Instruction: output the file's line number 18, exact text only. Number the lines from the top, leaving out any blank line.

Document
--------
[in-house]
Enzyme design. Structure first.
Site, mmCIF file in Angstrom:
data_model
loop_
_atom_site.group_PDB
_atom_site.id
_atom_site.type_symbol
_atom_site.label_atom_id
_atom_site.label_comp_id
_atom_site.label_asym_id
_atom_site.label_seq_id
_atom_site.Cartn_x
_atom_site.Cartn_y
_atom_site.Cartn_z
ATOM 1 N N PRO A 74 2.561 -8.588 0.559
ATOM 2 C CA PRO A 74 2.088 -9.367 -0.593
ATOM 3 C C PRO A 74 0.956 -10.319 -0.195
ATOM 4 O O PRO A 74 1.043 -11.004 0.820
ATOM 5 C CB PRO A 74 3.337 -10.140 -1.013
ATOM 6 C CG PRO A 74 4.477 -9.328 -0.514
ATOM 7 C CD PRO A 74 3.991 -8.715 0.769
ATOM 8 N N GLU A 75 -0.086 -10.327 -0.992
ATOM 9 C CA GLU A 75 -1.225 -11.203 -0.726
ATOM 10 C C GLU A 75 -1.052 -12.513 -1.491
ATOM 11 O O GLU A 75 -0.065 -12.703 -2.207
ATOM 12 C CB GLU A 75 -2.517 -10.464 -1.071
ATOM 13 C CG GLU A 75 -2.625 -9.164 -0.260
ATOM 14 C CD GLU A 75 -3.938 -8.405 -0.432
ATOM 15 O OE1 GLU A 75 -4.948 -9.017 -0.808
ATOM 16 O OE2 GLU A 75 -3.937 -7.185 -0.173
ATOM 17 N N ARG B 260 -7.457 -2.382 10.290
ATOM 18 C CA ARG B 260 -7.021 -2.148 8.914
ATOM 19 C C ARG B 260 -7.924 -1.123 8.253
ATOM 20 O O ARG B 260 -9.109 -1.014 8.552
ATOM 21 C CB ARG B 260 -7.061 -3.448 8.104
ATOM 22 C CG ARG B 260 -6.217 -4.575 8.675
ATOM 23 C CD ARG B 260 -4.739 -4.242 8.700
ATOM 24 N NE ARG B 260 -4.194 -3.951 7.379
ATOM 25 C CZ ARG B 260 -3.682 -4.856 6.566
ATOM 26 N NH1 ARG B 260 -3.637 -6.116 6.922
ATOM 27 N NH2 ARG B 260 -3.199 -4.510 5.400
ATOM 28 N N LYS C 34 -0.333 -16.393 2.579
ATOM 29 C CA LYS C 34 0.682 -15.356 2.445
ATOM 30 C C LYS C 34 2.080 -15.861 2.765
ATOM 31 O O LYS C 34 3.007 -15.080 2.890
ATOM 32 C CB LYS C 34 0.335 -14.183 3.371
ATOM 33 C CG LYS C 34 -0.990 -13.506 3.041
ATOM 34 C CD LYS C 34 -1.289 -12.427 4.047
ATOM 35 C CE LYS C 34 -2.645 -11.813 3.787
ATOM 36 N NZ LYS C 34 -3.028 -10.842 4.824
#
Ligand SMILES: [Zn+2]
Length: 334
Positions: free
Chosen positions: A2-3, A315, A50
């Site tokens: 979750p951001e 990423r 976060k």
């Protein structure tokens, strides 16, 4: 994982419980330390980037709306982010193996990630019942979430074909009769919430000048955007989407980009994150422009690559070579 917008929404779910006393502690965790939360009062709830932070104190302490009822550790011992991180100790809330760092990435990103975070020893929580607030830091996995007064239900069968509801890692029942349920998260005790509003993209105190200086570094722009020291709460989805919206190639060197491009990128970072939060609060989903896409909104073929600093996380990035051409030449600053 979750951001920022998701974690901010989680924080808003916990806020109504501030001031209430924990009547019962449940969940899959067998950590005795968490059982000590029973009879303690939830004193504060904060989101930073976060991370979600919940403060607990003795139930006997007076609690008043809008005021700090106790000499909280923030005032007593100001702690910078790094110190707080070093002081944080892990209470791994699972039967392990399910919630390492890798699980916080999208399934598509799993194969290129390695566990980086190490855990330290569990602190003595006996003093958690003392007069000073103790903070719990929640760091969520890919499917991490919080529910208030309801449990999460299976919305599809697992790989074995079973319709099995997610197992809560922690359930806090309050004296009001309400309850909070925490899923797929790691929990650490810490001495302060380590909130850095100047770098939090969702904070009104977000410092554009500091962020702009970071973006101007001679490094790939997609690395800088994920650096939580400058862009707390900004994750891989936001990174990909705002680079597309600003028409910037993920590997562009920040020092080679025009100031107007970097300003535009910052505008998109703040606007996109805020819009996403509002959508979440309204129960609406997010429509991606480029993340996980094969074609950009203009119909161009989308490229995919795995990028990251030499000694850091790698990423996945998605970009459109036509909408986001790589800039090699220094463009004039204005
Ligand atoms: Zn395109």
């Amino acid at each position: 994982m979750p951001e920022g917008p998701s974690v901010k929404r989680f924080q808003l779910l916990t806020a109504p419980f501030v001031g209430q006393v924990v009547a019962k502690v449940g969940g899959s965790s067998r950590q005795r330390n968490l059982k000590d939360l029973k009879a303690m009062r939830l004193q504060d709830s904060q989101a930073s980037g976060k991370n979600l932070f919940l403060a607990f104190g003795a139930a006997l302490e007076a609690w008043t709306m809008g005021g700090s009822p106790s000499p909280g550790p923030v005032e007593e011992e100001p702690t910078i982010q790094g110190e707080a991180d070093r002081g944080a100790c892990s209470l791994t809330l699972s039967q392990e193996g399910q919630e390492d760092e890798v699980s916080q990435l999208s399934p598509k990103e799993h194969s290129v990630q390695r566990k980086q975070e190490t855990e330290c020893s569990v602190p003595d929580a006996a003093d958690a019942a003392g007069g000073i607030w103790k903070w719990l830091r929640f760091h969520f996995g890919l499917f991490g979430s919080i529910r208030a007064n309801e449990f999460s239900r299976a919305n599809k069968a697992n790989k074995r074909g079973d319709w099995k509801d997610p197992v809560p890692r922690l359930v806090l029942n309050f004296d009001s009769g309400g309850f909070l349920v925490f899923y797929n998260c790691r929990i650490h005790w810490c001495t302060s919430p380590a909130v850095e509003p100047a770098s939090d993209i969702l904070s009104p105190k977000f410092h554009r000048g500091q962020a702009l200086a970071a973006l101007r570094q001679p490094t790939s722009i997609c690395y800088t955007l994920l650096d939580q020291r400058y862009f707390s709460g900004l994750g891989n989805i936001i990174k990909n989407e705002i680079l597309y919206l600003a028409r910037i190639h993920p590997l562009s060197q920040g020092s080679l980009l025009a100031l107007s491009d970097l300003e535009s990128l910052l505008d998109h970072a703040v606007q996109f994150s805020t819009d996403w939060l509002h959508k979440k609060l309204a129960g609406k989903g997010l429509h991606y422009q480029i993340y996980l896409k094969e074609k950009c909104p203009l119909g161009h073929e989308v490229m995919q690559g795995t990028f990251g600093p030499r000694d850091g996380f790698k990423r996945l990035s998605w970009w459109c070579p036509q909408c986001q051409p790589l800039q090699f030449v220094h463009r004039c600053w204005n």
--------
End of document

ATOM 3 C C PRO A 74 0.956 -10.319 -0.195